Under the recommendation of the Fifth Committee contained in paragraph 5 of its report on sub-item (f) of agenda item 17, the Assembly appointed Amjad Hussain Sial (Pakistan) as member of the United Nations Staff Pension Committee for a term of office beginning on 15 November 1999 and ending on 31 December 2000.

Action on IAEA Report

The representative of France said a group of States had been concerned over paragraph 9 of the draft resolution, but had since been given a new text which they now accepted. The text was as follows:

“Also commends the Director-General of the Agency and his staff for their strenuous efforts to implement Security Council resolutions 687,707 715,1051, 1060, 1115, 1194 and 1205, stresses the need for full implementation by Iraq of all relevant Security Council resolutions, stresses that the Agency’s OMV activities should be resumed without delay, and also stresses that it is essential that, although the Agency is satisfied that remaining questions which were unanswered as of mid-December 1998 do not prevent full implementation of the OMV plan, the basis for this resumption preserves the Agency’s rights specified in its OMV plan, including the full exercise of rights of access as enshrined therein and the necessary cooperation of Iraq, and that greater transparency by Iraq in its dealings with the IAEA would contribute greatly to the resolution of the few remaining questions and concerns in the framework of the OMV plan.”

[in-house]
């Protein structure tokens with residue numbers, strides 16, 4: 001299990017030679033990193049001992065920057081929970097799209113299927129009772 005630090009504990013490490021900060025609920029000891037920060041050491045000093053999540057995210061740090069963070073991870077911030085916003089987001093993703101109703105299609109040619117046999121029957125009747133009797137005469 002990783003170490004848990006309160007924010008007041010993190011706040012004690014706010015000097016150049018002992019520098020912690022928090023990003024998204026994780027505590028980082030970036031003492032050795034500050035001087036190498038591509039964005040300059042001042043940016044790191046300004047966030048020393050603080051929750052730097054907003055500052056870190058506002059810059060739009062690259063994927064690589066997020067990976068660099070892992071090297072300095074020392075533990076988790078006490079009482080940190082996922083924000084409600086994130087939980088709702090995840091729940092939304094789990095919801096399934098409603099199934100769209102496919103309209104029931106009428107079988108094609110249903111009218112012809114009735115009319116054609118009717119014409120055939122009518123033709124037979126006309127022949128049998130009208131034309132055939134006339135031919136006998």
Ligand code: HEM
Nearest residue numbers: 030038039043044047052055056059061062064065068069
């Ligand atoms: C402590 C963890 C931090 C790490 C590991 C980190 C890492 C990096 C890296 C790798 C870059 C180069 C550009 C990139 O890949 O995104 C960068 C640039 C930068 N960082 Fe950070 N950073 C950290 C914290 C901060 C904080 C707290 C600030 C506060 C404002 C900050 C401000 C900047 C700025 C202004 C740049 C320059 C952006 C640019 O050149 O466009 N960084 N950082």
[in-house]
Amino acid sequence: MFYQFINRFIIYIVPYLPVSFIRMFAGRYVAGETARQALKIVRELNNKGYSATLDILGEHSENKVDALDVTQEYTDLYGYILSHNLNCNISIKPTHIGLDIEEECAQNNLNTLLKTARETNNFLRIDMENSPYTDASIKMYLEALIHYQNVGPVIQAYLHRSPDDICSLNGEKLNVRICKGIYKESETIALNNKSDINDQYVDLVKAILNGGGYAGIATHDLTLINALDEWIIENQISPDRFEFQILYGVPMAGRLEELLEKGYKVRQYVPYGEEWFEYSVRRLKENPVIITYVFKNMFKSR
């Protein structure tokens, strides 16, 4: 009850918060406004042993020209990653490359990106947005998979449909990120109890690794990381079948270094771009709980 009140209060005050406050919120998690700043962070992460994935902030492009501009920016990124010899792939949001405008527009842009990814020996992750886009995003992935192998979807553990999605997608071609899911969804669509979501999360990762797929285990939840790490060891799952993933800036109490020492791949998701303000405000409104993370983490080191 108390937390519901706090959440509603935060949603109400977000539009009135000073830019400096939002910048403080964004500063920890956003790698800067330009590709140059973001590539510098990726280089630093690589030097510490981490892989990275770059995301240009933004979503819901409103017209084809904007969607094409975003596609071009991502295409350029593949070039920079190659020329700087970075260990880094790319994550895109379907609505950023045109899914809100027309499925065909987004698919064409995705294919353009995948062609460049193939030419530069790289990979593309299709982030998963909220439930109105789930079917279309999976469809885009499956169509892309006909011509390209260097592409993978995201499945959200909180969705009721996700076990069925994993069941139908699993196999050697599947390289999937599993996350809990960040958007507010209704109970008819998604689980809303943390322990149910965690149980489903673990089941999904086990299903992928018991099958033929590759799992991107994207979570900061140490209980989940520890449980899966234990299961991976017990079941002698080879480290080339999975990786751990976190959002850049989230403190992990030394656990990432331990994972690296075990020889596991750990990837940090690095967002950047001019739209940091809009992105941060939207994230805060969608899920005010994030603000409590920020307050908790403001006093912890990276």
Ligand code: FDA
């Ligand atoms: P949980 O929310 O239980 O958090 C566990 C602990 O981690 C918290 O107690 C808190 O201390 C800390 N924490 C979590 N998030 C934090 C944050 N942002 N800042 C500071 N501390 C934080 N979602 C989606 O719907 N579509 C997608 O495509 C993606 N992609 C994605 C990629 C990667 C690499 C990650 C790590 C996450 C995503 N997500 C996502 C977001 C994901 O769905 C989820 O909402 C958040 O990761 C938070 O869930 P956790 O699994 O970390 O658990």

ROKAN HAMA AL-ANBUGE (Iraq) said that while his delegation commended the work of the IAEA, the draft resolution before the Assembly lacked objectivity and reflected a political point of view which prejudiced the Agency’s independence. He was opposed to paragraph 9 of the draft resolution which called on Iraq to implement all the Security Council resolutions listed in the draft resolution.

He said this invitation for full implementation of those resolutions should also have been extended to the United Kingdom and the United States as they had both violated those resolutions, as well as the United Nations Charter, in exercising acts of aggression against Iraq. They had both launched a military aggression against Iraq without permission from the Security Council on December 16, 1998. This had effectively put an end to the monitoring in Iraq by the Agency.